W hai are these right-to-work laws thai
seventeen southern and western slabs
now have een the books? They are
"imply laws which say that people don't
have |,, join unions if they don't want
lo- In all of the seventeen slales. the
flght-to-Work laws recognize the right
°f people to join unions. None eef these
'a»- outlaws union organization or
Union strikes. They merely outlaw the
practice of forcing people lee join unions
ami pay ,1,,,- againsl their will."
—Wide World Photos
UMW Chief John L. Lewis (left) as he
^jnerged from Illinois mine following an
'gnt-hour inspection of scene of explosion
*"ere 119 miners were killed in 1 9S1. (Right)
s "e appeared before a House labor sub-
11 i- incredible thai James I'. Mitchell,
;l member e,f the Cabinet of the Presi-
de«l of Ih,- United Stales, could publicly
'' 'aCK such law.-, whose- seele- ami simple
Purpose is t,e protecl imliv idual Americans against (lie tyranny and violence of
-::■ e:- Ii -::- &
there in quick review an- twee Bides
a fuels forum question:
, Do \on agree with Secretary eel
I;;''1'"' Mitchell lhal the stale right-to-
r" 'ave- .lee i,Hue harm than good?"
l.al„„ Secretary Bills State End Union
,'!'l' Curb," Y,„ Y,„l. Times, Dec. 8,
..;.';• '■ pp. I and 27.
I ran-,-, jp, ,,f pre8a Conference," New )>>il-
'""'■'. Dec. <). 1954, p. 20.
, ,""' "" File, 1954, |.. III! 152 (10.
^anemic Outlook, September, 1954.
e,)--""-! Labor Blackmail," lev Towner
, ....",|:l". Freeman Magazine, Sept. 22, 1952.
ij'"', raft-Hartley \. I \ Felveeealele- View,"
' Kolieri Taft, 1,nulls nl tin- American
'.'"'■■my ,,i Political and Social Science,
. j'-"'li. 1951.
, ,';,I,"| I nions," World Almanac, 1954.
„,r'''"'ii" Magazine, Feb. 1, 1954.
,."'"" Monopoly, by V. Orvall Watts, pub-
,;""' by the Foundation for S..< i,il Re-
i,. •'"I|. Us Ingeles, 1954, p. 36.
,.\]'-"i''- lohn I.. Lewis Lost," (I. S. News
Unman Events, \|ii
. ' " '"Id Report, Jan. 2'),' 1954, p. 93.
.."'"" Monopoly, p. 67.
; ' ' nion Te.ee,,? — Try That Failed,"
p '.„ vewj & //„,/,/ /,',.,„„,. Dee. 26, 1952.
I,'1'""' in lee,In-hint Society," bine,/' of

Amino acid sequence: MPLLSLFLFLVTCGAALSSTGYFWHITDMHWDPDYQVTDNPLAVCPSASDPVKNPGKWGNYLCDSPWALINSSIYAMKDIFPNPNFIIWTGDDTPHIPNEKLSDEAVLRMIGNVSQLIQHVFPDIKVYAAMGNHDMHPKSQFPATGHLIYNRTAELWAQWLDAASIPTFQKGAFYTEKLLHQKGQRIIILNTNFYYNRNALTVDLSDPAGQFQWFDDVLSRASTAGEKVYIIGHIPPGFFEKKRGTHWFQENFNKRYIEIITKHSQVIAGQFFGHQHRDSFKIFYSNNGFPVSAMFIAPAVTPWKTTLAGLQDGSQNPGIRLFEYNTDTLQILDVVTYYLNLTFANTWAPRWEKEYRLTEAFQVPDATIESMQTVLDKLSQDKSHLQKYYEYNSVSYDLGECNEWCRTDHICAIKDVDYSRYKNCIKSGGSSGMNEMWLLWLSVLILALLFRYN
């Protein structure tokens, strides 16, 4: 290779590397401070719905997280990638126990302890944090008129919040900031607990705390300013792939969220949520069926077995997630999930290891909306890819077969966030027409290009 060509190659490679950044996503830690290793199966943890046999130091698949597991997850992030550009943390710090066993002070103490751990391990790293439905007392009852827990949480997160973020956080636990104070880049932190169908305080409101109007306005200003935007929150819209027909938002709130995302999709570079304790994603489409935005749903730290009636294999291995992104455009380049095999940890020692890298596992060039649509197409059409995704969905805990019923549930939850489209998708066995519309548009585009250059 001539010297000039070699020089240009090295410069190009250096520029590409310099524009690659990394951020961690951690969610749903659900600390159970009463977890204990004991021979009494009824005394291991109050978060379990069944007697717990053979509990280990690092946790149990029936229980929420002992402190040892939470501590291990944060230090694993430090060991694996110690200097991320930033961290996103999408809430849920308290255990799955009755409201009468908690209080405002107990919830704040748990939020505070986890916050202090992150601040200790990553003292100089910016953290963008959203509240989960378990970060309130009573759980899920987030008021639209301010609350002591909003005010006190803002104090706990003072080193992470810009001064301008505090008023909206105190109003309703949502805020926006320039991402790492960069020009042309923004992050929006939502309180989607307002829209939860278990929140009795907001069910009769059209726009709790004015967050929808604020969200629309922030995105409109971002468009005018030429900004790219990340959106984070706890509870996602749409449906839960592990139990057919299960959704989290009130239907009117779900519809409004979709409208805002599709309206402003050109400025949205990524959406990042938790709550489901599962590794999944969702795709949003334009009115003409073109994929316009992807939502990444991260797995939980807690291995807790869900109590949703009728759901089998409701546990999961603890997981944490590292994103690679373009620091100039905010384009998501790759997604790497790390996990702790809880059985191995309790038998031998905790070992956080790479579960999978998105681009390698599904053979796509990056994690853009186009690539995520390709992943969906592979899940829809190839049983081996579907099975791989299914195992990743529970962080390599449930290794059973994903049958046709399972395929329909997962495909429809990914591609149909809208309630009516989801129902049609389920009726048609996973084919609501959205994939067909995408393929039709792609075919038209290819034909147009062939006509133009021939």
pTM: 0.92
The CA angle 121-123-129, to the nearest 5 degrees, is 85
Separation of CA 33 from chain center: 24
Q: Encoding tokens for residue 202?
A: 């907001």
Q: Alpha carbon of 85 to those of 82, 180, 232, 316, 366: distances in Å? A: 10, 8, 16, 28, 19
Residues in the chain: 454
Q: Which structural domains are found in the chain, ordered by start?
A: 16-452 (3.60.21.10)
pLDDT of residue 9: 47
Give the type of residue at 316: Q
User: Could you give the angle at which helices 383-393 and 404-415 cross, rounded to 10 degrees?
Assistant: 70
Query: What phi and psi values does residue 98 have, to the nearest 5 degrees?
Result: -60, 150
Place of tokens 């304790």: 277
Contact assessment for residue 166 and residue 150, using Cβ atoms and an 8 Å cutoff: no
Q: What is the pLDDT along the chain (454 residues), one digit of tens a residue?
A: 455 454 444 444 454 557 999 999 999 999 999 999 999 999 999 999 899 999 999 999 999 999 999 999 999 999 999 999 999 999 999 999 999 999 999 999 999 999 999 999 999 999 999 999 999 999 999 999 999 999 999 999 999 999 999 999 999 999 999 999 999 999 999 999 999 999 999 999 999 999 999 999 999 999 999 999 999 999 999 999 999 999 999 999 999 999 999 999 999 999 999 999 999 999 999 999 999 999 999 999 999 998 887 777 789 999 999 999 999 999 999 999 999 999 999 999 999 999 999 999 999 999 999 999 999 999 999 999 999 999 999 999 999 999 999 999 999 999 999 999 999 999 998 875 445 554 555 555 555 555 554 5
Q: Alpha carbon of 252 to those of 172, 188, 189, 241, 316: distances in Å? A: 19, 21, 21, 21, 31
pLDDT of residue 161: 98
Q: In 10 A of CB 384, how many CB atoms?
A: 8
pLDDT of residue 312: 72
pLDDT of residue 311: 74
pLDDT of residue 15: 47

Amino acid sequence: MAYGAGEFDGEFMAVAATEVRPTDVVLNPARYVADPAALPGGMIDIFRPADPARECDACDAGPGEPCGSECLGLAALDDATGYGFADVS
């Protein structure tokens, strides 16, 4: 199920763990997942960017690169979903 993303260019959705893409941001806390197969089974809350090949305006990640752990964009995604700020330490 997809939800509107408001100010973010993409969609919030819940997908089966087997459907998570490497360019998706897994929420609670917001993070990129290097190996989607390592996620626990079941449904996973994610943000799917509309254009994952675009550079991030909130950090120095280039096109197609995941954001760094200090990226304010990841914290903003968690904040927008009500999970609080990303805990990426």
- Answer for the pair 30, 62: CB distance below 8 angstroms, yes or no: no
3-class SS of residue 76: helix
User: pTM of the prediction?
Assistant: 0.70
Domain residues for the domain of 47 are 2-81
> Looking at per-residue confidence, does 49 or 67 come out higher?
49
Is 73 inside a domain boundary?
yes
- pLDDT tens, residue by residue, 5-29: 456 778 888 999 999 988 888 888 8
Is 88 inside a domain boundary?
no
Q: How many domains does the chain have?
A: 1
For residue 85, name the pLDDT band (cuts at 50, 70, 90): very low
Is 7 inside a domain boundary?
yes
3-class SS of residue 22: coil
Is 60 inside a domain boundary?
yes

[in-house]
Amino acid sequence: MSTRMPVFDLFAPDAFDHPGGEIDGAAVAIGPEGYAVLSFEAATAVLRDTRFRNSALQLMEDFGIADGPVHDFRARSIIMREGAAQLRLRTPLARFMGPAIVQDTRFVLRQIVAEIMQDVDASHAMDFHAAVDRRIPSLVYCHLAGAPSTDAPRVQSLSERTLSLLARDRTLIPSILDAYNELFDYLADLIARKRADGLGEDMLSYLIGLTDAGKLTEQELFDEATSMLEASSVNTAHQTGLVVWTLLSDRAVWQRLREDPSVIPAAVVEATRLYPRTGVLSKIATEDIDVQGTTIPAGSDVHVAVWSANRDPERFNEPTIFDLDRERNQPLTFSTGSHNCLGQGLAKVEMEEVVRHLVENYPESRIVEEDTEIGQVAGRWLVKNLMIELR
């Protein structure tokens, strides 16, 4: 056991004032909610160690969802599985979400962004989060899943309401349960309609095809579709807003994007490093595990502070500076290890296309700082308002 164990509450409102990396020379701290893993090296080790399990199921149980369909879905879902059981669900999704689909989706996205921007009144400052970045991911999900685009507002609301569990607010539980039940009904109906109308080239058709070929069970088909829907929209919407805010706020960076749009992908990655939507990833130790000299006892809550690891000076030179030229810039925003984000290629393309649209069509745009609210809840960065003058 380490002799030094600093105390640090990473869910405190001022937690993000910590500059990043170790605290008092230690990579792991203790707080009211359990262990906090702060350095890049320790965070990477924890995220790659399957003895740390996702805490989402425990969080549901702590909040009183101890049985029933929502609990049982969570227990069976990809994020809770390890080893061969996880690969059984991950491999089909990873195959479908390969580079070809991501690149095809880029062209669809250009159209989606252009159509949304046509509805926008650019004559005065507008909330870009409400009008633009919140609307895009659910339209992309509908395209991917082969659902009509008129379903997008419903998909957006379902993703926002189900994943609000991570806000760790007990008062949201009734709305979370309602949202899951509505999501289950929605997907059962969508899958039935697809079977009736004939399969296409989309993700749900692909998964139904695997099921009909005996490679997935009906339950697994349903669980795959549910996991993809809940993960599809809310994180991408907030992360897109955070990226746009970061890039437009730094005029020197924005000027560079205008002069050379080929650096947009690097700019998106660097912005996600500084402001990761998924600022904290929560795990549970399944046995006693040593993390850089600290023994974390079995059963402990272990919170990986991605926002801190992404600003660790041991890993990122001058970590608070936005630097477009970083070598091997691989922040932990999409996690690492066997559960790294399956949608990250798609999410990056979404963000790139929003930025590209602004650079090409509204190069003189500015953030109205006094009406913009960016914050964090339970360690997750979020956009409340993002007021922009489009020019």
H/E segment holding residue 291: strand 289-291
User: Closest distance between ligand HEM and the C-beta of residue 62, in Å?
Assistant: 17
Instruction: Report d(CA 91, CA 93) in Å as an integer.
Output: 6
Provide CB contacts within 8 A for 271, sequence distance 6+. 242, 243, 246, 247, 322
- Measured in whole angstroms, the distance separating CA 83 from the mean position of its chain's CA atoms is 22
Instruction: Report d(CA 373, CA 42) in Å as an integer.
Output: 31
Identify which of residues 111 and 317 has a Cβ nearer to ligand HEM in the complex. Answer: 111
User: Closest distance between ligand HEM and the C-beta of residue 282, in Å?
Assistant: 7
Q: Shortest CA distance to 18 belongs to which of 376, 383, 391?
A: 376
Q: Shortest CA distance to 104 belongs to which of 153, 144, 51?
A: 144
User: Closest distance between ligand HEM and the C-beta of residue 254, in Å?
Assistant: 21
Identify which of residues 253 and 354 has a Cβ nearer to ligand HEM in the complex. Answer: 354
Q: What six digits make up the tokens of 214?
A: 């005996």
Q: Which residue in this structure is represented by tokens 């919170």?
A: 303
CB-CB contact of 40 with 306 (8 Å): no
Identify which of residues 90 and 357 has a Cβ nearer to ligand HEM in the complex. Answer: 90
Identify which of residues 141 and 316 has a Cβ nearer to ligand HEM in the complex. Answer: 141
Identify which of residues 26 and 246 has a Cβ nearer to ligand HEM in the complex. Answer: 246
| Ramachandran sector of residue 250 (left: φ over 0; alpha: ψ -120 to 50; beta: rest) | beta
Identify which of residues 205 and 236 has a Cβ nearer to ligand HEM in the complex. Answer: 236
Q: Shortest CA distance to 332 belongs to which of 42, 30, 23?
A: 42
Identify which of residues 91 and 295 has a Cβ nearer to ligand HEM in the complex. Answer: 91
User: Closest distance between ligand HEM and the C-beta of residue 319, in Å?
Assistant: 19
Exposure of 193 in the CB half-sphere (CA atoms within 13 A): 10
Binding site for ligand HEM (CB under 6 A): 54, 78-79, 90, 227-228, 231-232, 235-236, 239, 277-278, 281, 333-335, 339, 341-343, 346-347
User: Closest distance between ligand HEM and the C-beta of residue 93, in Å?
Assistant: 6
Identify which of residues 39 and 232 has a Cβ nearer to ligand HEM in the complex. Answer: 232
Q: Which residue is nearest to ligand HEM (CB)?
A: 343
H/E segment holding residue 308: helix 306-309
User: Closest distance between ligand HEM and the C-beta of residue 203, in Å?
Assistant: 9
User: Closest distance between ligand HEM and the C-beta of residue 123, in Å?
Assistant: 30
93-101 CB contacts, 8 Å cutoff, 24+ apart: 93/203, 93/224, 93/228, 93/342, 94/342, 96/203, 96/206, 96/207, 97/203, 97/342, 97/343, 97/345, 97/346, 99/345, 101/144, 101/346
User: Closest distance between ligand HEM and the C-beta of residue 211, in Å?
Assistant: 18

S( "''""'» Academy of Political and Social
SECRETARY HAGERTY ATTACKS
REUTHER'S "FRAUD'' CHARGE
"Ridiculous charge!*' retorted
White Blouse Press Secretary James
C. Hagerty in answer to CIO Prcsi-
dent Rent Iter's denunciation thai
the administration was perpetrating
;i "political fraud" in ils attitude
inward Labor Secretary MitcheU.
In a REPORTERS1 ROUNDUP
Interview, Hagerty—commenting on
Reuther's reference to a speech in
which Secretary Mitchell expressed
hi.-* views on righl-lo-work laws —
views voiced without the advance
approval oi' President Eisenhower
"1 think that Jim Min In II is one
of the best Secretaries of Labor this
country has ever had. He represents
all segments of labor. He is not primarily concerned will, or tied to
any one labor organization. He is
working for tbe welfare of the
working men and women of this
country. . . . and the charge that
Mr. Reuther makes that Mr. Mitchell is a sort of second-class member
of the Cabinet is the most ridiculous charge I have ever beard."
Hagerty further emphasized,
"Jim Mitchell was appointed by the
President as Secretary of Labor and
.... bis opinions are constantly
sought i" lhe process of working
out a legislulivc program."
As to President Eisenhower's react ion to Secretary Mitchell's
speech, which was not submitted in
advance to the While House. Hag-
"The President believes thai a
member of tbe Cabinet has a right
to express his opinion, ami he doe-
nol want a member ol' the Cabinet
to be jiisl a "rubber stamp* or a *yes
Hagerty went on to say, "I would
recommend that even Mr. Reuther
take another look at that speech. In
talking of thc seventeen stales that
have these right-to-work laws, Mr.
Mitchell was merely saying thai he
thought thai these states should
take another look at those laws. He
was not proposing this as either an
administration policy or a legislative policy of the national administration lo be submitted to (his Congress. In tin- first place we couldn't:
those are purely stale laws, and it
is up to each one of those slates
to lake those actions ... if the stale
legislatures in their wisdom think
that any such action is necessary.
He was merely proposing this and
stating his often-expressed opinion
that these right-to-work law- were
\\ hen asked if he did not prefer
that public expressions of opinion
by administration officials coincide
wilh those of the While House.
Hagerty replied", "Nol necessarily ;
on many subjects, of course, bul
Press Secretary Hagerty concluded, "I believe it is quite fining
and proper for individuals lo express their own opinions without in
any way lying down an administration to a policy decision, ami that's
what Mr. Mitchell did."
ORUM NEWS, March, 1955
—Wide World Pholo
Attempting to halt auto from entering Hollywood studio during 1946 strikes, a picket
was knocked over by the car during full-scale melee in jurisdiction fight among AF of L